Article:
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Scot Drysdale <[log in to unmask]>
Thu, 17 Mar 2016 15:13:39 -0400
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For what it is worth, Dartmouth offers a Bachelor of Arts major in Engineering.  To get a B.E. normally takes an additional year.

Scot Drysdale

> On Mar 17, 2016, at 9:04 AM, Douglas Baldwin <[log in to unmask]> wrote:
> 
> There was some really good discussion about what "liberal arts" means that now seems to have died down, so I'll try to summarize:
> 
> One key idea was that a liberal arts education has broad goals, i.e., it's for a career but also for membership in community, civic life, etc. Another take on breadth, from the perspective of curricula or student experiences, is that a liberal arts program provides room for second majors, minors, and interdisciplinary interests. Within computing programs, breadth is reflected in early exposure to the variety of computing topics and cross-disciplinary connections. What makes something a "liberal arts" program is that it's goals reflect such desires for breadth; "liberal arts" is *not* defined by size of institution or where a program is housed within an institution. All in all, this definition is very close to the one offered in the committee goals and focus statement.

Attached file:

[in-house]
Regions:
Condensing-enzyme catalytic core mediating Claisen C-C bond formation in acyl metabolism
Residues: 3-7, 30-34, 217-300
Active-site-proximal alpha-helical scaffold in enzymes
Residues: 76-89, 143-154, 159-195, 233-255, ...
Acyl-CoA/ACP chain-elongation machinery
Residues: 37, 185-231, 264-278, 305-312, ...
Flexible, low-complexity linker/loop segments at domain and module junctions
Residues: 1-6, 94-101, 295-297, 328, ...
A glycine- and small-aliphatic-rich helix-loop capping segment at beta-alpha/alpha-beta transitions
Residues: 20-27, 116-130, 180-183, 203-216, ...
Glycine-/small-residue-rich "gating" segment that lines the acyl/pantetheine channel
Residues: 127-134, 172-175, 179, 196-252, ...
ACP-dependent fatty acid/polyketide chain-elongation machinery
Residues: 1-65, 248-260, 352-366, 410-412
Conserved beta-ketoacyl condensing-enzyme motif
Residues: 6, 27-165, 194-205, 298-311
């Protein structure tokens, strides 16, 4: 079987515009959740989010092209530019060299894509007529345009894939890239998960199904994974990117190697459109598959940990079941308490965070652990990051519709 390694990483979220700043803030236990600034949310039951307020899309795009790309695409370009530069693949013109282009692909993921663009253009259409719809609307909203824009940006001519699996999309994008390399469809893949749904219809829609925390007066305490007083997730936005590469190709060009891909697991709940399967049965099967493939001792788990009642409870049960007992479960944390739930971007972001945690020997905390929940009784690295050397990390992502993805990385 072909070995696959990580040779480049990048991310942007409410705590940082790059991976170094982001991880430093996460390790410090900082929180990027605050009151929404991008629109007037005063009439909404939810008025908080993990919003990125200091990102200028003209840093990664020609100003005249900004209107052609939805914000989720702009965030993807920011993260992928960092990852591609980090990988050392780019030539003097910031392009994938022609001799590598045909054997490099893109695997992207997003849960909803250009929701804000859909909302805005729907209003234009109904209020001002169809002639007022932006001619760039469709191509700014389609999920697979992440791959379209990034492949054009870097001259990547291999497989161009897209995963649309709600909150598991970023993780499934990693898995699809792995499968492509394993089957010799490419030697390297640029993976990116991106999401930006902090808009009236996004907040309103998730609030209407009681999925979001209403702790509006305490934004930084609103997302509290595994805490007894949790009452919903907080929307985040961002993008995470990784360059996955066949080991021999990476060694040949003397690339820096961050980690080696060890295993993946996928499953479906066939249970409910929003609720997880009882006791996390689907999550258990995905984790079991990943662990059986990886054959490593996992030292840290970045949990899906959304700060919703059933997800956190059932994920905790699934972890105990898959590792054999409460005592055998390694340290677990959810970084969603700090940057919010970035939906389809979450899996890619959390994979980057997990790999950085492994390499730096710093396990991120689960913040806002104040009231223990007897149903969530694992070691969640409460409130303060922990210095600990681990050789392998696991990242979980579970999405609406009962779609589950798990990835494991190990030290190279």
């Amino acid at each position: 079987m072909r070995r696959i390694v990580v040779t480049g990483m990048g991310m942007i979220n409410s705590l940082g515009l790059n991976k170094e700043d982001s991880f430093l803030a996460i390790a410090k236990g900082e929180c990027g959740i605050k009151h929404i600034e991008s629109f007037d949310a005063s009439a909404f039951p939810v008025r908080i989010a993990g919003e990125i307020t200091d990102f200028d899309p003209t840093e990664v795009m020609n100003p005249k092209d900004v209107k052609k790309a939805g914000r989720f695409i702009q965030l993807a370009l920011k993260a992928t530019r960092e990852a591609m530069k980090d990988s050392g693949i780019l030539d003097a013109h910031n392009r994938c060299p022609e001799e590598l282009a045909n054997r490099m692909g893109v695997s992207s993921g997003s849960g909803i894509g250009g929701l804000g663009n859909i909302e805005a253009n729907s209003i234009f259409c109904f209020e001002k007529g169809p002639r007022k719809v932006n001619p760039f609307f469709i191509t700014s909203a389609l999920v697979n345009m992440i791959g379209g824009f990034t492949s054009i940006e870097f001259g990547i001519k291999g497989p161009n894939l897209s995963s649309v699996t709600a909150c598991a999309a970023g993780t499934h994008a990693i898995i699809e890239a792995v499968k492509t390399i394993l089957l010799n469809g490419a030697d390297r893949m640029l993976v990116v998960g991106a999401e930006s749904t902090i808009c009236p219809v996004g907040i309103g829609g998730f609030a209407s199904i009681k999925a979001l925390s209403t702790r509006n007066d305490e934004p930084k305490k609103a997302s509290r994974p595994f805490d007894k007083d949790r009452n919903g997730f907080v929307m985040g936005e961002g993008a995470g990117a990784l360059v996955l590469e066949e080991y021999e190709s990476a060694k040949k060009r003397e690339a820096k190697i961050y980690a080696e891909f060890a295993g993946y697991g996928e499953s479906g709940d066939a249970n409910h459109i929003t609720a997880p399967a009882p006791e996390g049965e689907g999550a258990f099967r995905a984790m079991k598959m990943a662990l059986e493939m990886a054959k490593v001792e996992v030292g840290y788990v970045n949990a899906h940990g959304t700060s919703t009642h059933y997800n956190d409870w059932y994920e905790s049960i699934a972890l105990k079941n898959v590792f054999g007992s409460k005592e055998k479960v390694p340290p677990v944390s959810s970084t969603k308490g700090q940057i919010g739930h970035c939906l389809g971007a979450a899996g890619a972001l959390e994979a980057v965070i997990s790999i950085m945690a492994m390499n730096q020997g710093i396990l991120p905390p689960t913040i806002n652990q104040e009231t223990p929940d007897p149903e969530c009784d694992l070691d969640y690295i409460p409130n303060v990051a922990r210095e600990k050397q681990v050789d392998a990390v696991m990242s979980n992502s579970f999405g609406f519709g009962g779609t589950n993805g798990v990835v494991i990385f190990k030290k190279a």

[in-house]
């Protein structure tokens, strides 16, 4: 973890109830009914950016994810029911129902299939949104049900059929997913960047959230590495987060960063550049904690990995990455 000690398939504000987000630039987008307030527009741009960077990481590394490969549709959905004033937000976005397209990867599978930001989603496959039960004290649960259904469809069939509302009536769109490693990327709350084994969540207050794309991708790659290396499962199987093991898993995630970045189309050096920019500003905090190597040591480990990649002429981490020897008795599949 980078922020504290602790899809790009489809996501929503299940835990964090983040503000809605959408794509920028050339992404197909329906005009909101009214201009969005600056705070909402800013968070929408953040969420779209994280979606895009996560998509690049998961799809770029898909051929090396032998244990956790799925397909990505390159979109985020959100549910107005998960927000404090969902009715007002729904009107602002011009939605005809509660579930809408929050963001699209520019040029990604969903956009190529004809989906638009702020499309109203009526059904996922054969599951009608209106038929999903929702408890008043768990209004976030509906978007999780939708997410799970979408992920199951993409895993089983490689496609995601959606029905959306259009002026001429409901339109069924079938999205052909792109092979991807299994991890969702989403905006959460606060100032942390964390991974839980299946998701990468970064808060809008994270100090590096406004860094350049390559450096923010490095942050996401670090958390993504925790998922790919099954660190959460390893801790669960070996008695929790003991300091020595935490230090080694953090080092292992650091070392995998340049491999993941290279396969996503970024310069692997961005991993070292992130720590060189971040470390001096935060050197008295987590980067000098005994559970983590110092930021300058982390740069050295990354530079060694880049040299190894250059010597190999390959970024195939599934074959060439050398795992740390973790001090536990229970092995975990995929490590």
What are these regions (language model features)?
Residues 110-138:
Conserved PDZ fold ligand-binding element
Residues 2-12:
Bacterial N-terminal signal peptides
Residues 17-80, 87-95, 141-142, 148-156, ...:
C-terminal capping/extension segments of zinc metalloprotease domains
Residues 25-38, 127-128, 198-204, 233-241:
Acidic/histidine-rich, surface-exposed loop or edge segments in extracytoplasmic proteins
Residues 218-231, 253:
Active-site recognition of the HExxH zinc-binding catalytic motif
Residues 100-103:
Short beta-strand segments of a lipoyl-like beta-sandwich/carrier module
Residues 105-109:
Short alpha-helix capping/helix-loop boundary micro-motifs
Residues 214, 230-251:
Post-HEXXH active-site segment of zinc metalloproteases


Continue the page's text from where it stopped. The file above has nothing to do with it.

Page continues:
> 
> So it looks to me like we're pretty comfortable with the idea that the sorts of computing programs we'll focus on are ones that have a central goal of broad education. On lifelong timescales, this means preparing students for their community/civic roles and personal well-being as well as for careers; on course-of-study timescales, this means breadth of computing and its applications, and opportunities for study outside of computing per se. Is this indeed a notion of "liberal arts" that we're willing to use going forward?
> 
> (PS. I also thought it was neat how many of the foregoing liberal arts values appeared in Villanova's College of Engineering mission statement Boots quoted. I sometimes have this heretical idea that there really could be such a thing as a liberal arts engineering program if someone wanted it.)
> 
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